In 1660, the Dutch laid claim to the entire island, but did little with it, leading the British East India Company to claim the island in 1793.  To avoid conflict, Britain and the Netherlands agreed to Dutch sovereignty over the western half of the island.  Britain did not, however, claim sovereignty over the eastern half, leaving the door open for Germany to establish a trading station at Rabaul on what is now the island of New Britain.

The CLICK TO ENLARGE German New Guinea SC.18  40 Pfg 1900German presence to the north worried the government of the Crown Colony of Queensland, which to counter the perceived threat, sent a contingent of police to New Guinea to claim the eastern half of the island.  Pushed into action, the British announced their intention to formally claim Eastern New Guinea in 1884, prompting the Germans to raise their flag and claim the North Coast.  Soon after, the British and Germans formally divided the non-Dutch half of the island arbitrarily down its east-west middle.  The German northern quarter of New Guinea became German New Guinea and the British quarter British New Guinea, until 1906, when it was renamed Papua and its administration was turned over to the Commonwealth of Australia, itself formed only five years previously.

Between 1884 and 1914, German Imperial banknotes (Germany, P.1 - P.46) were used in the German quarter of New Guinea, although coins were issued specifically for the area.  British currency prevailed in the British Sector, until Burns-Philp and Company complained that a lack of currency in the area was stifling economic growth and issued currency of its own in Port Moresby and Samarai in 1893.  In those days, Samarai, on the eastern “boot tip” of New Guinea, was an important stop for steamers reprovisioning coal and other goods before crossing the Pacific.  The Burns-Philp currency continued to be used in the region until its withdrawal in 1911, replaced by Australian coins and banknotes and a short-lived banknote issue by the Bank of New South Wales, headquartered in Sydney.

Almost immediately upon the outbreak of World War I, the Australians sent an Expeditionary Force to Rabaul to occupy it for the Allies.  Needing money, the Force obtained permission from the Australian Government to issue emergency currency in the former German area.  Used for only ten weeks, these are very rare.  Thereafter, Australian and German money was used until 1920, when the now entrenched Australians demonetized the remaining German money.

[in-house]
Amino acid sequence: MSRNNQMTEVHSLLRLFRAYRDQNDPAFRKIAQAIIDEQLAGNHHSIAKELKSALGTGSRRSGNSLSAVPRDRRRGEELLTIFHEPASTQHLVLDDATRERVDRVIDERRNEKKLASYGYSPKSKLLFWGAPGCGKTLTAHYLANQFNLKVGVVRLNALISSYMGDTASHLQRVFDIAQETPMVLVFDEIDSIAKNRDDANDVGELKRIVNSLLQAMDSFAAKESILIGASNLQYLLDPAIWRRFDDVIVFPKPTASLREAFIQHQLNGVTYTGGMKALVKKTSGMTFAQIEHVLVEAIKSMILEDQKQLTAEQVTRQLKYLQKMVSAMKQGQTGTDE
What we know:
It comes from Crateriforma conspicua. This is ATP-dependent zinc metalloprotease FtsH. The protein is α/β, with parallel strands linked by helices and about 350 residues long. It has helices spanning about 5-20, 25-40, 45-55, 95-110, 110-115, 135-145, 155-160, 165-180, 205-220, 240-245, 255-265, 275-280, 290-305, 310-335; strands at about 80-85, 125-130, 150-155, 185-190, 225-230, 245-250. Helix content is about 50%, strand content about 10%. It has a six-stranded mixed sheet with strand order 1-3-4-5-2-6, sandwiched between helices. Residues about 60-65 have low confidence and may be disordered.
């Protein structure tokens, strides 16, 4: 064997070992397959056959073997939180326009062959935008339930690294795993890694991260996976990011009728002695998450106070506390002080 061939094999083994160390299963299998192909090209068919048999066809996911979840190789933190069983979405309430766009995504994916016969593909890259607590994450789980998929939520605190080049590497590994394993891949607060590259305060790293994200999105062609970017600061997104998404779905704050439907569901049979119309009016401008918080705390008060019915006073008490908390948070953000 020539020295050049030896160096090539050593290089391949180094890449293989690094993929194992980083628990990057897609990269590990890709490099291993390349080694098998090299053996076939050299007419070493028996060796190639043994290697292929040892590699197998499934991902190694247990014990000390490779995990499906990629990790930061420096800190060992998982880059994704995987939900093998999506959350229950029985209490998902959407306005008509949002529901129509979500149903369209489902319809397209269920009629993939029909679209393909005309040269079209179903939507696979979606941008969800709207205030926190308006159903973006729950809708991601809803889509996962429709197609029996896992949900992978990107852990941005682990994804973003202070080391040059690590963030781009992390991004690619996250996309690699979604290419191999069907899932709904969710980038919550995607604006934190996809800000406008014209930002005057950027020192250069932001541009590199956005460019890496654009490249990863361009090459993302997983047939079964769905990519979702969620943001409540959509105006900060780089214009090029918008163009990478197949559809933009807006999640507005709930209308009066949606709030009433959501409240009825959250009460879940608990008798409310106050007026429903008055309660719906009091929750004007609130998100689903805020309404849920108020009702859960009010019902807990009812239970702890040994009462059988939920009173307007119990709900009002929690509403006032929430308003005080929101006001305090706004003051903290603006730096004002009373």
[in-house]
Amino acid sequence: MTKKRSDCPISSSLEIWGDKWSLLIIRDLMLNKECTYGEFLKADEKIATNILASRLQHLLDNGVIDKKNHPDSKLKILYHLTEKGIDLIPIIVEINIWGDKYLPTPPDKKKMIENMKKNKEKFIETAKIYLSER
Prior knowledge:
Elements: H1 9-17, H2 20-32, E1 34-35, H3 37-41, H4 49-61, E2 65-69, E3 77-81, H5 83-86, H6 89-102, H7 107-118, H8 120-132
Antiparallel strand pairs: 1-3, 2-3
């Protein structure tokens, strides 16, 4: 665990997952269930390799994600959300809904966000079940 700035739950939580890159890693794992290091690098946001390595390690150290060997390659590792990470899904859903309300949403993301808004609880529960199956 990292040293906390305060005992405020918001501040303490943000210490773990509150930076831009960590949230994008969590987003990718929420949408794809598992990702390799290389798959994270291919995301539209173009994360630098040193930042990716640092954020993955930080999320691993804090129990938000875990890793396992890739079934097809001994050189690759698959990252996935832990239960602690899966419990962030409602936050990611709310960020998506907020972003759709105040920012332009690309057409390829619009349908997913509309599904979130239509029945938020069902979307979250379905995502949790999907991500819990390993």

Australian currency circulated throughout Eastern New Guinea until the Japanese invasion in March 1942, when the invaders introduced their own currency in the occupied northern section of the country.  Japanese currency, denominated in shillings and pounds, was used until the Japanese were driven from the islands in 1944.  Afterwards, Australian currency returned until Papua New Guinea gained full independence in 1975, when the country introduced its own currency, the Kina.

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SIGNATURE CHART
  GOVERNOR SECRETARY
DEPARTMENT OF FINANCE
1
Sir Henry ToRobert

Sir Mekere Morauta
2
Sir Henry ToRobert

John Vulupindi
3
Sir Henry ToRobert

Morea Vele
4
Sir Henry ToRobert

Gerea Aopi
  GOVERNOR SECRETARY
DEPARTMENT OF FINANCE & PLANNING
5
Koiari Tarata

Gerea Aopi
  - -
  GOVERNOR SECRETARY
DEPARTMENT OF TREASURY
7
Koiari Tarata

Rupa Mulina
8
John Vulupindi

Morea Vele
9
Morea Vele

Brown Bai
10
Leonard Wilson Kamit

Koiari Tarata
11
Leonard Wilson Kamit

Simon Tossali
 
Loi Martin Bakani

Simon Tossali


 
PUBLICATIONS
PNG Banknotes Article

The Bank Notes of Papua New Guinea
Part 1 - The Pre-Independence Years

by Donald R. Cleveland IBNS Director

ACKNOWLEDGEMENTS

We gratefully acknowledge numismatist Don Cleveland IBNS Director who provided images, articles and background information used in this section.


We gratefully acknowledge Neville Cuthbert who provided images and background information used in this section.


We gratefully acknowledge Gylfi Snorrason who provided images used in this section.


AR   We gratefully acknowledge Andrew Randall for providing information and images used in this section.